- Alberta Ginastera, Panambi, Op. 1 (1937) (ballet) and Panambi Suite, Op. 1 (1937), “is based on a romantic and supernatural legend of love and magic from the Guaraní Indians, a tribe from the headwaters of the Rio Paraná in northern Argentina.” It is “a young man’s statement about his country’s heritage” (Simon Wright, from the notes for this album). “The ballet exemplifies one strain of Latin-American nationalism from the Twenties and Thirties: the evocation of indigenous Indian culture, as shown by such works as Chávez's Sinfonia India and piano concerto and Villa-Lôbos's Amazonas and Uirapurù.” Best audio-recorded performances of the ballet are conducted by Borejko in 2013, Ben-Dor in 2010 and Gorelik in 2014 and Mena in 2016. Best recorded performances of the suite are conducted by Goossens in 1960, Robertson in 2001, and Baldini in 2016.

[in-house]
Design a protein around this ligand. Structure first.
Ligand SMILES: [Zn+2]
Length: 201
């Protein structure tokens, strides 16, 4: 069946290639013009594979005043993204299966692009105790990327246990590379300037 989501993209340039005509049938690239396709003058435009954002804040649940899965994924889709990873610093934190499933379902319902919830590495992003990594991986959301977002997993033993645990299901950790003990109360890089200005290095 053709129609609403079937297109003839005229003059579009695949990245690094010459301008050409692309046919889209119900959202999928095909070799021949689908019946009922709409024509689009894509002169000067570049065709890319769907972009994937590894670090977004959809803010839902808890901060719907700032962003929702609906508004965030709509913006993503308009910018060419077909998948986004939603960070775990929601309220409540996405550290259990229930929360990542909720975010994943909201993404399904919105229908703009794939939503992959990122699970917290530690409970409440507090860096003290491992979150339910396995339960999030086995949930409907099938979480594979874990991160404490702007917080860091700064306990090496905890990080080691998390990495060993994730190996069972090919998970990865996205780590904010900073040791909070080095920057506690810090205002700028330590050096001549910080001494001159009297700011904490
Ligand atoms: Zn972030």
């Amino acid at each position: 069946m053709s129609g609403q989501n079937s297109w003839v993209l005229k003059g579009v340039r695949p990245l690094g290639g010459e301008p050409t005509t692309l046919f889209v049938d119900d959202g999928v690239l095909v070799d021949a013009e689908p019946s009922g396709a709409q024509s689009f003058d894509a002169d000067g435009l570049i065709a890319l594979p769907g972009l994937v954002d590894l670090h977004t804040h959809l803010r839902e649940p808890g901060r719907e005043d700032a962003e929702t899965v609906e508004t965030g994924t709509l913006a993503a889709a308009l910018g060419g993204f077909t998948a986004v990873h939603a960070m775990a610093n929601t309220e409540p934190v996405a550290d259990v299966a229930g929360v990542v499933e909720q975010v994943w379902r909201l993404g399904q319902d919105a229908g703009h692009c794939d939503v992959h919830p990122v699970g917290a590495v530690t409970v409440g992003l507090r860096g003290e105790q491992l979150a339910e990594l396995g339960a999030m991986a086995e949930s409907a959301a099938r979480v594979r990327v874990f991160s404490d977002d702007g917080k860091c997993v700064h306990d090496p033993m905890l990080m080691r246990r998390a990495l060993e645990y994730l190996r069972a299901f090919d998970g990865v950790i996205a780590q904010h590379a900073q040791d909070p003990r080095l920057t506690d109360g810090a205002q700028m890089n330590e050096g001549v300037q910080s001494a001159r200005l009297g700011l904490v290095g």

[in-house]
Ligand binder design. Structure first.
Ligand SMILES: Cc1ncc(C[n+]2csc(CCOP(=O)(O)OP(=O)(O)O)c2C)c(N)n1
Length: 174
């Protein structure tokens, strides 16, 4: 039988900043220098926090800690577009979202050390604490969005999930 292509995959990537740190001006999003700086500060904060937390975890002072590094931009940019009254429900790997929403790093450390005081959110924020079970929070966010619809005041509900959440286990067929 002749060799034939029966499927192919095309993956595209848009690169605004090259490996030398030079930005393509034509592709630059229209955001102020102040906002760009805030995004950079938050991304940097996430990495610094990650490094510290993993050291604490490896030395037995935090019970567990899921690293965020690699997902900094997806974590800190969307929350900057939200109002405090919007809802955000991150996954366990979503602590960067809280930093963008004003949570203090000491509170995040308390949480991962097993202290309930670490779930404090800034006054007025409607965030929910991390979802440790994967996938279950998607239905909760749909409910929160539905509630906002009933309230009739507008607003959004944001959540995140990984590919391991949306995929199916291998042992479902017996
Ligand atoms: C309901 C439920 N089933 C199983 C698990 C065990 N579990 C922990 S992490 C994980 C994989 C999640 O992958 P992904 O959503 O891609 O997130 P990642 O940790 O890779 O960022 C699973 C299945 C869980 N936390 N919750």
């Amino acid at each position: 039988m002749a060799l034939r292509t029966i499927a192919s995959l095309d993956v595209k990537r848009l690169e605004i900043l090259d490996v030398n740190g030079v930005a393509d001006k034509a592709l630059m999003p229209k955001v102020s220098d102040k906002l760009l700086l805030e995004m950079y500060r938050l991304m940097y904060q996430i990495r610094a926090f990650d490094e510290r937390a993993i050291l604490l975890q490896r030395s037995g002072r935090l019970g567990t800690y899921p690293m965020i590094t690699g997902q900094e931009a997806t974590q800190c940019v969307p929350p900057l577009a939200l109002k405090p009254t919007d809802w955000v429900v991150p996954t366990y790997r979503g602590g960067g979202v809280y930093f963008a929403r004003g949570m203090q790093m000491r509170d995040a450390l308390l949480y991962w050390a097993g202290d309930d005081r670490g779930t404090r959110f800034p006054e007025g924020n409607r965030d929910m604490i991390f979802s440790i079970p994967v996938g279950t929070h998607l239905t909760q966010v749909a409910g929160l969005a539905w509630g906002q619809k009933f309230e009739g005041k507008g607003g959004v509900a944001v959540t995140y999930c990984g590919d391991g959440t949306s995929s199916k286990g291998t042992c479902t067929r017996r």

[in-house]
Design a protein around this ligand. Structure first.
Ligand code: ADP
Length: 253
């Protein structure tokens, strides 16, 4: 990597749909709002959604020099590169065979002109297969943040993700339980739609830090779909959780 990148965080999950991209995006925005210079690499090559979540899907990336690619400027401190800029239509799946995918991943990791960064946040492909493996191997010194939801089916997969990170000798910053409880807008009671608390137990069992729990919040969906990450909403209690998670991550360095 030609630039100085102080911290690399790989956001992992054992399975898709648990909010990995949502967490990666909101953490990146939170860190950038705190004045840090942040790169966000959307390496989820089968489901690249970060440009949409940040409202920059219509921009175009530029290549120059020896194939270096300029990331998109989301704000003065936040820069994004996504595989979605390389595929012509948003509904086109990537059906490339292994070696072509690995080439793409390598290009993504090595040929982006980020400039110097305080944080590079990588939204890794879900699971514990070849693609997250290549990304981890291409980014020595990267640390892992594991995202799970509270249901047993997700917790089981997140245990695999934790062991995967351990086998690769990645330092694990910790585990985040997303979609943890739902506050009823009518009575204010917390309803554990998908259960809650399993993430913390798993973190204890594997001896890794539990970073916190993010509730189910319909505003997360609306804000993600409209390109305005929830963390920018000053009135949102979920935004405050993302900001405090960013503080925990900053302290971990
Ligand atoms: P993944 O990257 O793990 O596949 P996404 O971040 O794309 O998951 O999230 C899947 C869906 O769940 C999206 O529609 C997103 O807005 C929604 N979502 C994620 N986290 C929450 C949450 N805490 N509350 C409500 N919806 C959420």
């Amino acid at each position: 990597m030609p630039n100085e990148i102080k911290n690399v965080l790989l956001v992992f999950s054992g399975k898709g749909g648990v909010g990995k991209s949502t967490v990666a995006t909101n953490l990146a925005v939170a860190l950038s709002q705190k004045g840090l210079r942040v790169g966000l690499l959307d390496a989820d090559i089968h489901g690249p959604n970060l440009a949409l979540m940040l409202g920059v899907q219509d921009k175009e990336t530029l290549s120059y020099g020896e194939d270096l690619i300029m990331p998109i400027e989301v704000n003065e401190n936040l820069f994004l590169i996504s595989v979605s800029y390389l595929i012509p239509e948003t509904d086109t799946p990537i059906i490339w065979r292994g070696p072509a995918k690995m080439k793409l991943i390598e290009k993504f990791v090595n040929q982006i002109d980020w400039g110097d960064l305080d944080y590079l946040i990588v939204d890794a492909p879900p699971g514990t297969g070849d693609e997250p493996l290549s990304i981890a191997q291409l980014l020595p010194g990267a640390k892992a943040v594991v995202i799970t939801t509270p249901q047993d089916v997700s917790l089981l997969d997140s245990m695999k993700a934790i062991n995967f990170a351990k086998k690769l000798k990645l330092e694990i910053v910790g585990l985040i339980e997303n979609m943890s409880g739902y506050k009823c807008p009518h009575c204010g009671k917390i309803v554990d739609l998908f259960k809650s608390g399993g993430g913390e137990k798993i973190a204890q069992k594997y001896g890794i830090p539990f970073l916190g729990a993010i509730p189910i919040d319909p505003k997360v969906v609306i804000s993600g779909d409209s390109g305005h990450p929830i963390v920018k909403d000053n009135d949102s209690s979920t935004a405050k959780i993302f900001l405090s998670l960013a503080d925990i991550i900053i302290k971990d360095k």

Being informed and socially aware:
- Luciano Berio, Coro (Chorus), for forty voices and forty instruments (1976; extended 1977), is based on Pablo Neruda’s poems, from his book Residencia en la Tierra (Residence on Earth) (1931-1947). “A line repeated often is 'come and see the blood on the streets', a reference to a poem by Pablo Neruda, written in the context of savage events in Latin America under various military regimes.” The composer conducted the Cologne Radio Symphony Orchestra and Chorus (I-VIII; IX-XX; XXI-XXVII; XXVIII-XXIX; XXX-XXXI); he also conducted the WDR Sinfonieorchester and Cologne Radio Chorus in 1980. Grete Pedersen conducted a version for eight voices in 2020.
- Kurt Weill, Symphony No. 1, “Berliner” (1921), “reflects something of the turmoil of post-World War I.” Both of his symphonies represent a departure from the “decadent” music for which he is best known; that music too, comments on German culture at the time. Excellent performances are conducted by Bertini in 1968, de Waart in 1974, Alsop in 2005, and Beaumont in 2005.